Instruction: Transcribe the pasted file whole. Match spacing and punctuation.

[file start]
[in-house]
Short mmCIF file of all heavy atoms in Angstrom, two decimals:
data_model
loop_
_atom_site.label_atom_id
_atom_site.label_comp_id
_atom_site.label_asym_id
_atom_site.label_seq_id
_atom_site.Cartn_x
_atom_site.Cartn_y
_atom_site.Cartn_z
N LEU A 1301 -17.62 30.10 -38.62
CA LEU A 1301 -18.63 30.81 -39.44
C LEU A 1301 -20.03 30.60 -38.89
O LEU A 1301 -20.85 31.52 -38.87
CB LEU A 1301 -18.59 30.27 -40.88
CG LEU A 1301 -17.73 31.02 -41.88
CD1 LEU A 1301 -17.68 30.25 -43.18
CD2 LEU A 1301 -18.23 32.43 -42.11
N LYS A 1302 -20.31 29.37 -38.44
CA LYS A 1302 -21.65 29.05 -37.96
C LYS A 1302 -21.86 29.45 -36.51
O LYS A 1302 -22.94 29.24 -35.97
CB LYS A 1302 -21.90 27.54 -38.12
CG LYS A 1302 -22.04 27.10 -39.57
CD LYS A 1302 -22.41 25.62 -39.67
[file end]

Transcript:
[in-house]
Short mmCIF file of all heavy atoms in Angstrom, two decimals:
data_model
loop_
_atom_site.label_atom_id
_atom_site.label_comp_id
_atom_site.label_asym_id
_atom_site.label_seq_id
_atom_site.Cartn_x
_atom_site.Cartn_y
_atom_site.Cartn_z
N LEU A 1301 -17.62 30.10 -38.62
CA LEU A 1301 -18.63 30.81 -39.44
C LEU A 1301 -20.03 30.60 -38.89
O LEU A 1301 -20.85 31.52 -38.87
CB LEU A 1301 -18.59 30.27 -40.88
CG LEU A 1301 -17.73 31.02 -41.88
CD1 LEU A 1301 -17.68 30.25 -43.18
CD2 LEU A 1301 -18.23 32.43 -42.11
N LYS A 1302 -20.31 29.37 -38.44
CA LYS A 1302 -21.65 29.05 -37.96
C LYS A 1302 -21.86 29.45 -36.51
O LYS A 1302 -22.94 29.24 -35.97
CB LYS A 1302 -21.90 27.54 -38.12
CG LYS A 1302 -22.04 27.10 -39.57
CD LYS A 1302 -22.41 25.62 -39.67